Sunday, October 2, 2011

Making One’s Days Count…


“Death in Teheran”

A rich and mighty Persian once walked in his garden with one of his servants. The servant cried that he had just encountered Death, who had threatened him. He begged his master to give him his fastest horse so that he could make haste and flee to Teheran, which he could reach that same evening. The master consented and the servant galloped off on the horse. On returning to his house the master himself met Death, and questioned him, “Why did you terrify and threaten my servant?” “I did not threaten him; I only showed surprise in still finding him here when I planned to meet him tonight in Teheran,” said Death. (An old Persian tale)

In 1963, at age 24, I had been a travel consultant for a few years, working in a travel agency that handled a commercial account for a large aluminum company, one of the largest in the world at that time. It was close to the end of November when earlier in the week, I’d been asked to reserve a seat on Trans-Canada Airlines (now Air Canada)—on any flight close to the end of the day Friday November 29th for, Mr. Mac….., an executive engineer wishing to return home to Toronto. That made him one of very many who wanted to be on one of the hard-to-get flights from Montreal to Toronto at that time of the week. After checking ANY available flight, I called Executive Services and begged for special consideration, given that his company was such an important customer, blah…blah…blah. Finally, on Wednesday, I managed to get him booked on TCA flight 831 leaving around 6 PM on Friday November 29th. Friday morning, I got a call asking me to cancel Mr. Mac….’s reservation as he would stay in Montreal a bit longer. After all my hard work to get him on that flight, I was a bit mystified since he had been so insistent on leaving on Friday.

Later that night, it came on the news that TCA flight 831 en route to Toronto had crashed a few minutes after take-off near Ste-Thérèse-de-Blainville, killing all 118 on board. The crash was the worst in Canadian history at that time. My thought immediately went to Mr. Mac….. who had escaped death by a few hours.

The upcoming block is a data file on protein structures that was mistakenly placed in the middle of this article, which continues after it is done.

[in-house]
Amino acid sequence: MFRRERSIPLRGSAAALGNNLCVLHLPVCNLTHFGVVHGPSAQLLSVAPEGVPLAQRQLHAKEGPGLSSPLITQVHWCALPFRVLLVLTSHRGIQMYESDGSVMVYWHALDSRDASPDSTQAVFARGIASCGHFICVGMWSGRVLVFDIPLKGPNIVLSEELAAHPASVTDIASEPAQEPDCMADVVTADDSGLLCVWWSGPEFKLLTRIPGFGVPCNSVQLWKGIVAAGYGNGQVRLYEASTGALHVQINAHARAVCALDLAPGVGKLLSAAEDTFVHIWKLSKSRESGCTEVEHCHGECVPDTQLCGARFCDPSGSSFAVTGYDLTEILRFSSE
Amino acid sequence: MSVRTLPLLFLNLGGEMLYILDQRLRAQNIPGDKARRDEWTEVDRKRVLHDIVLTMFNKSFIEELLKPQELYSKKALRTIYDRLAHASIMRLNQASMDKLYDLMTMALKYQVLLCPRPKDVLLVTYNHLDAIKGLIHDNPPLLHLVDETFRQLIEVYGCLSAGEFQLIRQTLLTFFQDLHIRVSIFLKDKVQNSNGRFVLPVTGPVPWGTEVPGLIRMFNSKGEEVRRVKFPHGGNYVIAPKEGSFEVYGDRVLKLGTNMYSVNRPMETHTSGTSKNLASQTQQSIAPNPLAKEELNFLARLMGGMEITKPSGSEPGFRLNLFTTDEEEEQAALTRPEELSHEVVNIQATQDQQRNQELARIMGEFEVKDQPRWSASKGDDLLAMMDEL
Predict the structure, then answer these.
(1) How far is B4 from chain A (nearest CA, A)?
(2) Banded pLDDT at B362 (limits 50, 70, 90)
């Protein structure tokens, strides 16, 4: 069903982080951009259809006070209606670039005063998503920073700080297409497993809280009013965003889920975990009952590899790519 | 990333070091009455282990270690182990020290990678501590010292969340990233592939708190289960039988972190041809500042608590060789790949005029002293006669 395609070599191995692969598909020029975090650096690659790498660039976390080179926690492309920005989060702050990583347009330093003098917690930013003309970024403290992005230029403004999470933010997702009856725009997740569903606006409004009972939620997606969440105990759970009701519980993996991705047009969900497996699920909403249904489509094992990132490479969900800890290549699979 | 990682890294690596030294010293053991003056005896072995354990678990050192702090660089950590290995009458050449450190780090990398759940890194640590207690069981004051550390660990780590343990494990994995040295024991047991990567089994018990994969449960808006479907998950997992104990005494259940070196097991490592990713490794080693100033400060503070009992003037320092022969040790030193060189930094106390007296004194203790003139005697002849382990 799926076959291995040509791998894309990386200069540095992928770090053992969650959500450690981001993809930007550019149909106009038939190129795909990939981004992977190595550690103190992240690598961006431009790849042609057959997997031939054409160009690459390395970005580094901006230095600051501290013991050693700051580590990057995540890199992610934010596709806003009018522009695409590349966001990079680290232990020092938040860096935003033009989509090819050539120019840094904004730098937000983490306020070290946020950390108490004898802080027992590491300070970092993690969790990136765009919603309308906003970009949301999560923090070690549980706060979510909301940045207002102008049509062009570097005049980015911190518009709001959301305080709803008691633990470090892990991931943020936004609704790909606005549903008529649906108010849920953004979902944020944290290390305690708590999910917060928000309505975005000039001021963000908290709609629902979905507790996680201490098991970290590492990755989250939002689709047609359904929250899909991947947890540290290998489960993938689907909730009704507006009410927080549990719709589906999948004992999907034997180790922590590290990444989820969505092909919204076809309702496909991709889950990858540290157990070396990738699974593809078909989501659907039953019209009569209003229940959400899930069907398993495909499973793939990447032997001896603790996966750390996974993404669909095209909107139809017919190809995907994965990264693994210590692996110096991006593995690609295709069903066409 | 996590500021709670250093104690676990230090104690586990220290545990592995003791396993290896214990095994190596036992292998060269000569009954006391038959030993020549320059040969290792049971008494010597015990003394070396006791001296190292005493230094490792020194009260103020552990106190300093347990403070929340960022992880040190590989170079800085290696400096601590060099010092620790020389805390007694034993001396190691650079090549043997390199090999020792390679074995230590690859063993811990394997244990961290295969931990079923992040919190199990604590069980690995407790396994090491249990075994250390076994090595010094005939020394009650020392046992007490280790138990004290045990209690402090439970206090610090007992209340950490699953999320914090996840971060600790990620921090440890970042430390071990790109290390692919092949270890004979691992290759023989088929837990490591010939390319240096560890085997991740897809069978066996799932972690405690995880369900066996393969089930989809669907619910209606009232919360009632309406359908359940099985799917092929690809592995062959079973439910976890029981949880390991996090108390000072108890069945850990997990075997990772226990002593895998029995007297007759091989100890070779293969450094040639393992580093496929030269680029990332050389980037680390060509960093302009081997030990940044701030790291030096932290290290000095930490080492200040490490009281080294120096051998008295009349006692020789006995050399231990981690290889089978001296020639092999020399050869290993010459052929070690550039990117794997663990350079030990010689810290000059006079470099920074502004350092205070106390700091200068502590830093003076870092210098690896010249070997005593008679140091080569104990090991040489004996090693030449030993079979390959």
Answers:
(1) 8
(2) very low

Monday morning back to work, I was thrilled to mention to my co-workers how Mr. Mac….. had probably had a premonition and cancelled just in time. Around 10 AM, the secretary who had worked so diligently to get him on that flight called me. Those dates and times, I can never forget. She explained that the executive had been invited by some friends--it was the hunting season and game was abundant in the Laurentians--and he’d decided to try his luck. Unfortunately, he’d been killed in the wee hours on Saturday morning by a stray bullet… could I arrange for his body to be transported to Toronto.

I was chilled to the bone and remained in a daze all day long. I had never met the client, but his fate impressed me for the rest of my life. Are our days counted? By mere hours? His flight had left without him around 6 PM on Friday and the bullet had hit him around 5 AM on Saturday…

Later in life, I was struck by similar odd timings. My dad had died on April 22nd, 4 days short of his birthday on April 26th. The same happened to my mom who passed away on January 17th, three days before her birthdate of January 20th. Through the years, I took notice of how often this would prove to be true. That we were allotted a number of years of physical life even if it meant shaving it by a short number of days, even hours. No more. I could hardly reach any other conclusion.

(…to be continued on a later post)

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Anonymous said...

At my friend's funeral, her pastor told about when he was a little boy he lived on a farm and that he and his brothers would be away from the house all day working the fields, etc. He would ask his father when they were going to go home. His father would answer that they could go home when all their work was done. He then went on to tell how my friend was always working at the church morning, noon or night anytime something needed to be done. She was only 50 he said, but he felt like she got to go home early because all her work was done. Thank you again.

Stargazer said...

Amen to that.